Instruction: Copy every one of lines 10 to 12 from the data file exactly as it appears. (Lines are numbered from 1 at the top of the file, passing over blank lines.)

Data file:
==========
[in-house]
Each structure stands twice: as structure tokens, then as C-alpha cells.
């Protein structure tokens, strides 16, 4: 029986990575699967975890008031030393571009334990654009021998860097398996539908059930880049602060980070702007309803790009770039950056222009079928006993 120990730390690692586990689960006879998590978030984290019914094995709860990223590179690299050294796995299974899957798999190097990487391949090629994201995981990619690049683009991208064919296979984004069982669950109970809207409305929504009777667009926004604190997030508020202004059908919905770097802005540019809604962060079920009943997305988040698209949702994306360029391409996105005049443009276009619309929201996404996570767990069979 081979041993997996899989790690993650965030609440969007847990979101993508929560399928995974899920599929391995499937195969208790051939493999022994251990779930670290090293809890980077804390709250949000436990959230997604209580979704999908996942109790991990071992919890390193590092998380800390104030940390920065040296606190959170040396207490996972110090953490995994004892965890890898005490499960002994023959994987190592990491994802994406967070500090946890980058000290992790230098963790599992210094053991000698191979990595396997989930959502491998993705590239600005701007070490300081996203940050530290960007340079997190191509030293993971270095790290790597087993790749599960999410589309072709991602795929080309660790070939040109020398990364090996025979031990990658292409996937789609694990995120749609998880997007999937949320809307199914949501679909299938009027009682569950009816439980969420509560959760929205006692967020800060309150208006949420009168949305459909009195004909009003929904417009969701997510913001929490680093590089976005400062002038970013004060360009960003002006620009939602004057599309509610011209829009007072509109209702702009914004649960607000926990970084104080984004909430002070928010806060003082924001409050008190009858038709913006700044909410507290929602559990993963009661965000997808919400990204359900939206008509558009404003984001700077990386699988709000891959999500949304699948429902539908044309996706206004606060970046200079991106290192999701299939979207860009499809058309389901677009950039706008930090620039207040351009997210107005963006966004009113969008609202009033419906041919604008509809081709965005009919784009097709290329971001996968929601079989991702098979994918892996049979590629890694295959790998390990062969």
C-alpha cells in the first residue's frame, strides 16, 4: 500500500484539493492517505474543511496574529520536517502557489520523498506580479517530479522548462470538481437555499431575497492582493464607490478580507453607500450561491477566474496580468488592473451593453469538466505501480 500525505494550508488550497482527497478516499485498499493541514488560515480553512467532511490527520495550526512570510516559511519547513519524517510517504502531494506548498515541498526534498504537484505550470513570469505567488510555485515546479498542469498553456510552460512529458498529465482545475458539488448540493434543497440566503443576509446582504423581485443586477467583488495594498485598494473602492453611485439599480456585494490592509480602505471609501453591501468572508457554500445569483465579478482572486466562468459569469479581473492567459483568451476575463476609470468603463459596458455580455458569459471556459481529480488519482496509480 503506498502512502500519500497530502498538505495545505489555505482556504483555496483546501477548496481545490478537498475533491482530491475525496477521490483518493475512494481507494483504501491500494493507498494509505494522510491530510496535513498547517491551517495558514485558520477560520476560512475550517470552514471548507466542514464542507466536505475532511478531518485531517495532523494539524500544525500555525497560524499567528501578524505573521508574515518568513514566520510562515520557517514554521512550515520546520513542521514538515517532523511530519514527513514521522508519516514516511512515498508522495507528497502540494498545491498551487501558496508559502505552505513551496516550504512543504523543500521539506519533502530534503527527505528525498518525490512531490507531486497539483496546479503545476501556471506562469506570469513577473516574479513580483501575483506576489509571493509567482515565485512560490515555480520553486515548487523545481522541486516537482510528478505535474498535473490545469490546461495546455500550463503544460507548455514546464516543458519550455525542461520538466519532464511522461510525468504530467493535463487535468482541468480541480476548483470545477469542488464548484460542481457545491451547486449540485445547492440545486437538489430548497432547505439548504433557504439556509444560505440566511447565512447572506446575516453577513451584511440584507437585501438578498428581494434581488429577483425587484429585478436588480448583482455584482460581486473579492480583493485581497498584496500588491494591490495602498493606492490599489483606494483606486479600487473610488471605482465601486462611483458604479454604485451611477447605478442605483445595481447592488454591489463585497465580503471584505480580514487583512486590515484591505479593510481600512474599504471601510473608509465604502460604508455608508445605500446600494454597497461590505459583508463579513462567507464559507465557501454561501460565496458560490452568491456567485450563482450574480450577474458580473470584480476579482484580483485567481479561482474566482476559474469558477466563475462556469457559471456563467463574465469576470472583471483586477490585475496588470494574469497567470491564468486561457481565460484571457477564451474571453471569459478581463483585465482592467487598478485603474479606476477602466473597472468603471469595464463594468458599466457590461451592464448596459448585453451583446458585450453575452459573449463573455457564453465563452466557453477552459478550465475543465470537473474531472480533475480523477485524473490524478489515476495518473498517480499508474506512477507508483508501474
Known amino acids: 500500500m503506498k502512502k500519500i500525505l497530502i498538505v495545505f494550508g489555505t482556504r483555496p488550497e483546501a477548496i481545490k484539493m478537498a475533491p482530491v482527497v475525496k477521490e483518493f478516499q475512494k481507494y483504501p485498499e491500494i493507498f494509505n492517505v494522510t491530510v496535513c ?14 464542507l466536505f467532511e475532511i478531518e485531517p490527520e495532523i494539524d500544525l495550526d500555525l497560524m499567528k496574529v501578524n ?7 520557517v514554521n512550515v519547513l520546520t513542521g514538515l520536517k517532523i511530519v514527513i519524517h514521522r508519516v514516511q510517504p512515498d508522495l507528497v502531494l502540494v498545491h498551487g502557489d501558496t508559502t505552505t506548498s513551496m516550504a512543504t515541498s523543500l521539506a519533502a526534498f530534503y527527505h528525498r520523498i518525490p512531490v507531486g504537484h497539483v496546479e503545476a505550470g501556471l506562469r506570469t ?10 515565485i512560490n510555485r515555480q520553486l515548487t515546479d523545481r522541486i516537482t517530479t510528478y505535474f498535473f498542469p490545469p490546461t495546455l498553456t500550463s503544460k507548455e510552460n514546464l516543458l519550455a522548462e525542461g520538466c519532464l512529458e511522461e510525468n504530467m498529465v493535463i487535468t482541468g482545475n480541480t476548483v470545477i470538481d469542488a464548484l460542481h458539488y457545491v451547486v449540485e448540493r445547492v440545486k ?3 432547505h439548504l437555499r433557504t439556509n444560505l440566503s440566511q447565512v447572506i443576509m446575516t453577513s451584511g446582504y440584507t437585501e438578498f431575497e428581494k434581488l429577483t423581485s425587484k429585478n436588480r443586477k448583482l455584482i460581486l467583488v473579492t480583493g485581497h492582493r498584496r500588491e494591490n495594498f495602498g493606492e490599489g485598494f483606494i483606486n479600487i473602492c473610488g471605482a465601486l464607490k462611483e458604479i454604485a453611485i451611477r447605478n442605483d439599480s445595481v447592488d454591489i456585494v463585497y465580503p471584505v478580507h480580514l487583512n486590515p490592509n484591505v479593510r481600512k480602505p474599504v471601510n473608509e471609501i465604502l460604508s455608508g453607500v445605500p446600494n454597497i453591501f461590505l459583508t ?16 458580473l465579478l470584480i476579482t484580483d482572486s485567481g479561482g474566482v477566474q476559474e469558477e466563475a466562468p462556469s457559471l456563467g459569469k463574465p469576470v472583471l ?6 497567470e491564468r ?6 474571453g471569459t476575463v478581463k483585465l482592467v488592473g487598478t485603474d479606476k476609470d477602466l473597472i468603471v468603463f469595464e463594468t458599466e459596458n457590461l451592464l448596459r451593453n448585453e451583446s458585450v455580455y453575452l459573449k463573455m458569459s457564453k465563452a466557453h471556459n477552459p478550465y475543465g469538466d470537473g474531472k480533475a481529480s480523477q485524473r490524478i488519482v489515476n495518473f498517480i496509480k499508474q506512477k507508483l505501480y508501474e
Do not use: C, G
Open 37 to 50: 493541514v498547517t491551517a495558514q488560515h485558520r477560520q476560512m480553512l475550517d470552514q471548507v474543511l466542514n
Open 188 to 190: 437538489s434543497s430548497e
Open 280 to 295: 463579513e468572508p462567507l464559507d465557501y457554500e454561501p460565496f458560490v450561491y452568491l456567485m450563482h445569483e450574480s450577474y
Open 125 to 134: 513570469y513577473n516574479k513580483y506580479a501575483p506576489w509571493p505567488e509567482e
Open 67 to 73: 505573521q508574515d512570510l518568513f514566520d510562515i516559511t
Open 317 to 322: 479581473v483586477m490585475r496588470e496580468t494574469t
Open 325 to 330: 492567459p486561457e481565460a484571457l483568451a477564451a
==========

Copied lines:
Open 125 to 134: 513570469y513577473n516574479k513580483y506580479a501575483p506576489w509571493p505567488e509567482e
Open 67 to 73: 505573521q508574515d512570510l518568513f514566520d510562515i516559511t
Open 317 to 322: 479581473v483586477m490585475r496588470e496580468t494574469t